The best thing about Elizabeth Pisani is that she shows us that it is possible... possible to be a respected epidemiologist and also a reckless adventurer. To travel solo to the remote corners of one of the most diverse countries in the world. To learn from everyone you meet along the way. To write a 416-page tome weaving seamlessly history and personal anecdote. In short, Pisani is the kind of woman that makes you feel empowered.
The book, called Indonesia Etc: Exploring the Improbable Nation is a travelogue taking on an unconventional Indonesia beyond the familiar Jakarta and Bali. It is a unique instrument which allows the reader to understand how a complex nation can be held together in plurality. It also demonstrates how big themes such as democracy, corruption, historical revisionism, religion, unity in diversity apply to Indonesia.
Pisani is a tiny woman with a cosmopolitan attitude and theatrical gestures. Her eyes widen in a feisty way when she speaks – looking a bit like a friendly version of Rangda – the demon queen from traditional Balinese mythology (even though Bali hardly features in her book).
She lived in Indonesia at various times during a 25-year period. Her rule for the 13-month trip on which Indonesia Etc is based was “just say yes to everything”. This attitude modified her way of seeing the world. “Working as an epidemiologist specialising in HIV, I had a very cynical perspective on humanity. The research trip for the book and the openness of the Indonesians changed everything. It taught me to have faith in people,” she said.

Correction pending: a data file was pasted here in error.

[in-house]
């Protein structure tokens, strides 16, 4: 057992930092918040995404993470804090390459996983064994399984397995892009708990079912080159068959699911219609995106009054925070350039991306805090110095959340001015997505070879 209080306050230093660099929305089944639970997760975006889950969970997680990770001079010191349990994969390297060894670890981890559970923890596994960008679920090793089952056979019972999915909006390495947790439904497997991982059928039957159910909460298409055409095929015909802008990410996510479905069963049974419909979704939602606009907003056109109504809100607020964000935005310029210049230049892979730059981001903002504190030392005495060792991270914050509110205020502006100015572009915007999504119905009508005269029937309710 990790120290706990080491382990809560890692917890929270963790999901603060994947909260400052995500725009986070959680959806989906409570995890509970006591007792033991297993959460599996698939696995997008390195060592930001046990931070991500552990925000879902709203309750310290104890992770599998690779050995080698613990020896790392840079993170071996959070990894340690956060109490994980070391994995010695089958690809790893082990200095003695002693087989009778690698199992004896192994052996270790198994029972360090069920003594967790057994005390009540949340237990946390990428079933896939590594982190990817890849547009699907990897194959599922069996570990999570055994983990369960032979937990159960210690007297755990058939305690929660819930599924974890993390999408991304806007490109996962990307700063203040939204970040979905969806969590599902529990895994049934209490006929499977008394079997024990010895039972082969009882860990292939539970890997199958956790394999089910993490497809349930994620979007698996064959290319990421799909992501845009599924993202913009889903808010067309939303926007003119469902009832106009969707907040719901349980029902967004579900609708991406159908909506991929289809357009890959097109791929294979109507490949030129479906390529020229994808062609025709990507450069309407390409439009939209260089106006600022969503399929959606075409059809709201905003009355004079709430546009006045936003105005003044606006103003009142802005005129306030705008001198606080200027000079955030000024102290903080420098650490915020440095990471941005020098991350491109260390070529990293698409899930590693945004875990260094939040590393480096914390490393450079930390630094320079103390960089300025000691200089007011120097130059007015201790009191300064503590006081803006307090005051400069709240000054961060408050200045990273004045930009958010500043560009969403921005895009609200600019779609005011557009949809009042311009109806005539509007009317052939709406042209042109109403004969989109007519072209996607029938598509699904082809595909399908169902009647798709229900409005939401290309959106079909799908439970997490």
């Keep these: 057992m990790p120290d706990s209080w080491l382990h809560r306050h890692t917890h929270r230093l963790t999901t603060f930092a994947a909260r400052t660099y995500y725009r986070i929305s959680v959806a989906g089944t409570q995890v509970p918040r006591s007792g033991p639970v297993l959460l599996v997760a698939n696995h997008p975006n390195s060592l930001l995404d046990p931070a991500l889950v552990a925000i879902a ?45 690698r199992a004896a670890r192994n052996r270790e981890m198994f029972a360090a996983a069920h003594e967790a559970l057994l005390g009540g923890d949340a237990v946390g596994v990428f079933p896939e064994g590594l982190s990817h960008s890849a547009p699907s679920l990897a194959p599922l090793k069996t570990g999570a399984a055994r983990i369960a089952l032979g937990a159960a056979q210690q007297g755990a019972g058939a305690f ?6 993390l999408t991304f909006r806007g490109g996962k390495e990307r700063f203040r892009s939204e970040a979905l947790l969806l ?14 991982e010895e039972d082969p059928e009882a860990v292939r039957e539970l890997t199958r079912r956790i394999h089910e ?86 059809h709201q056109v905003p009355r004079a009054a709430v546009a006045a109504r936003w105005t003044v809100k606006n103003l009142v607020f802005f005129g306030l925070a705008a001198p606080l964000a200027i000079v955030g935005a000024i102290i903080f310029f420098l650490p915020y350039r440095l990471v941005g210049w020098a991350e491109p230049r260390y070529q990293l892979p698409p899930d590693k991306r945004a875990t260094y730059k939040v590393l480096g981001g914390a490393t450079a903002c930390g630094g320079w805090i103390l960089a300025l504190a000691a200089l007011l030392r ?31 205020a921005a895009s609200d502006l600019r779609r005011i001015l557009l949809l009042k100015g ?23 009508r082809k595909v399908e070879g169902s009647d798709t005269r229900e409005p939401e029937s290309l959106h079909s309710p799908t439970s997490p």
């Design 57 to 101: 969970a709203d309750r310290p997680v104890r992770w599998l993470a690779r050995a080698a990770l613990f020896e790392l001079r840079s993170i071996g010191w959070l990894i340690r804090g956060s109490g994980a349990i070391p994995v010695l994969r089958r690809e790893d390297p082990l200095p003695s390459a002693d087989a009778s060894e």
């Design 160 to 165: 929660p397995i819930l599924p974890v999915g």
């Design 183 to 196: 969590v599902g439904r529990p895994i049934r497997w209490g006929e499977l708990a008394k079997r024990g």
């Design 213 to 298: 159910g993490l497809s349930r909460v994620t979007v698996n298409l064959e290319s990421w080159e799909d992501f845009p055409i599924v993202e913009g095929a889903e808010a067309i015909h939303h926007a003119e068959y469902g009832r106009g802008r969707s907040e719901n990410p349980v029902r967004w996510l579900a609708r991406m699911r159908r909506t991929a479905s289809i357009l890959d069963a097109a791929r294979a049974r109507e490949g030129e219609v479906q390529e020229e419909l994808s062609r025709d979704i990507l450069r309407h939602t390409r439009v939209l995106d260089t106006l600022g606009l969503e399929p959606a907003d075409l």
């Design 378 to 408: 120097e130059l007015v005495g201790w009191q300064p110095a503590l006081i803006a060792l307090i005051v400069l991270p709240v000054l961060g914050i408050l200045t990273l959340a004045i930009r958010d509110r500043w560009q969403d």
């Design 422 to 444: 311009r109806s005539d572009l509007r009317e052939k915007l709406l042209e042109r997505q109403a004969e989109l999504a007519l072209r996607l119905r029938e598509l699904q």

How did the idea for the book first come to you?
It came out of frustration. I’ve lived in Indonesia on and off for many years. I’d be back home in New York or London for a cocktail party and people would ask where I was based. When I said Indonesia I’d just see their eyes glaze over. They couldn’t even point Indonesia on a map. I wanted to be able to give them a book and say: here, read this, this explains why it is so fascinating. And there was no book like that. So in the end I tried to write it and honestly in the process I understood why there was no such a book. It is just impossible to write. The country is so diverse, so difficult to capture even in your own head, let alone on the page.
In that sense, how did you decide what to include in the book and what to leave out?
As an epidemiologist my method has always been to look to the particular and see if from the small you can explain a bigger issue. So I choose the places that seemed to me to illustrate a point that was of importance in understanding Indonesia as a whole. I’m very old fashioned, so I carried notebooks with me, and when one was full I’d send it back to Jakarta for safekeeping. I ended up with 18 notebooks.
From Indonesia we learn how to manage pluralism without suppressing the dissent
Did you already had some themes in mind and then went looking for the right situation or did they emerge as you travelled?
Working and thinking about Indonesia for 25 years I had stuff in my head, but I deliberately didn’t decide to cover specific topics. Another way we epidemiologist work is through the principle of random selection of your study subject. In the end if your sample chosen at random is big enough, it is the best representation of the population.